Introduction to Burmese Culture(s)
In Kansas, at the end of 2014, Somalis constitued 1.4% of the overall refugee settlement population (Catholic Charities of Northest Kansas, 2015).
This 10-minute YouTube video, Educating Somali Students in Kansas, gives an overview of Somali culture. The video description reads: “Mohamed Abdurahman is the Kansas Regional Refugee Coordinator for Social Rehabilitation Services. He came from Somalia many years ago to work with refugee populations in the United States. In this video, Mohamed talks briefly about Somali history and current events, and he speaks extensively about cultural aspects that all educators working with Somali students would benefit by knowing. The Somali population is steadily growing in Kansas.”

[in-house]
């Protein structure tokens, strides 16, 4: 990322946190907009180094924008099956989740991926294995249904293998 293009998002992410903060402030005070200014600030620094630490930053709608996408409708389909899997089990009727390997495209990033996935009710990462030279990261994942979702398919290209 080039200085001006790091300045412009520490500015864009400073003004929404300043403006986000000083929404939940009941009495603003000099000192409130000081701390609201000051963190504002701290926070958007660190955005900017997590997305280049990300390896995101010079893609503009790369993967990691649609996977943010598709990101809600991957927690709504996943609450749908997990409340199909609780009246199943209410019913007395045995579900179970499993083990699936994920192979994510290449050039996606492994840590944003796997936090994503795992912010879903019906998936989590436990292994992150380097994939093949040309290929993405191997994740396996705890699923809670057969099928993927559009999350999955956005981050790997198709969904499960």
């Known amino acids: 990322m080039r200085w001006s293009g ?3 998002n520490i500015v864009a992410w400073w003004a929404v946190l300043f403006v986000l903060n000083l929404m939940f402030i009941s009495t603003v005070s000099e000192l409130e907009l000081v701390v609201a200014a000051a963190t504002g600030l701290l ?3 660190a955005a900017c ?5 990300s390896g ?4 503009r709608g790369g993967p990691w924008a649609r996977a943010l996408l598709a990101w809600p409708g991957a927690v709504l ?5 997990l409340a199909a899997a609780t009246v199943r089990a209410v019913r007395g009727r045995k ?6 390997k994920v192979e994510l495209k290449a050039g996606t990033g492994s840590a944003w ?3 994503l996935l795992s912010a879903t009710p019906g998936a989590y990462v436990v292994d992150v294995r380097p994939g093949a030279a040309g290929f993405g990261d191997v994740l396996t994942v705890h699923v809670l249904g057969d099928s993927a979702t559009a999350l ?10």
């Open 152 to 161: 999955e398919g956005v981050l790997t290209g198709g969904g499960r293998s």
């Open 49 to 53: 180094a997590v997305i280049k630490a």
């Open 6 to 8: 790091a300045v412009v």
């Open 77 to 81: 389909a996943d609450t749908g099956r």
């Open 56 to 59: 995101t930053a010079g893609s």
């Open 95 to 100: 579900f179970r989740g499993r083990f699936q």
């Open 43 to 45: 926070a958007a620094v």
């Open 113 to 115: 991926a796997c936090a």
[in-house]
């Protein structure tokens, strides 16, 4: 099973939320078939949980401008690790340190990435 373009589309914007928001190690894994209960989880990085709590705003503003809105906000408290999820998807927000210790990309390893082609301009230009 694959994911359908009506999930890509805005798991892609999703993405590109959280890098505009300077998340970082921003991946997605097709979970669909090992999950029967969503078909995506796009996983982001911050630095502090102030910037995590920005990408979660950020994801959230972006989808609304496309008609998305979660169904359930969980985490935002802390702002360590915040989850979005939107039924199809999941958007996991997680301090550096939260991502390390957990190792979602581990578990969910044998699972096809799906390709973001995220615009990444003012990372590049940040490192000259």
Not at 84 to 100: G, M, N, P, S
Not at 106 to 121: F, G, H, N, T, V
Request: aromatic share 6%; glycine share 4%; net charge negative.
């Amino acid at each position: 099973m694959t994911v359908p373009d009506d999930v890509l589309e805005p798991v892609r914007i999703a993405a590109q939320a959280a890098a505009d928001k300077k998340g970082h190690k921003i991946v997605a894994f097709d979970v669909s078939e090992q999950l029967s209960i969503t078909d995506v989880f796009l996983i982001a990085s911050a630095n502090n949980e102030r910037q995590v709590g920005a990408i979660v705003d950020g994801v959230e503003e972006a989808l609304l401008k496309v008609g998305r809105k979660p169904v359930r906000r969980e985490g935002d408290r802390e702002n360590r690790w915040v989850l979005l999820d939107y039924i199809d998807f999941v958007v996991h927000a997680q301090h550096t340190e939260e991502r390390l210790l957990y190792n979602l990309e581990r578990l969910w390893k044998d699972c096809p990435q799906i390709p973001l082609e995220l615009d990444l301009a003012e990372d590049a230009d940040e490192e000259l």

The Next Door Neighbors series provides profiles of new refugees in the U.S. It includes information on Somalis as well as Somali Bantus. The 30-minute video description reads: “The second in Nashville Public Television’s Next Door Neighbors documentary series, focusing on Nashville’s growing Somali community. Over 5,000 Somali refugees now call Nashville their home. They left a war-torn country and many still have family trying to survive in Somalia and in refugee camps across Kenya, Ethiopia, Djibouti, Yemen, and other countries. While many Somalis were resettled directly to Nashville, others migrated here from cities like Minneapolis, Seattle, San Diego and Columbus Ohio. For most, life in Nashville is about work, sending money back home and trying to balance Somali traditions and cultures while adjusting to life in the US.”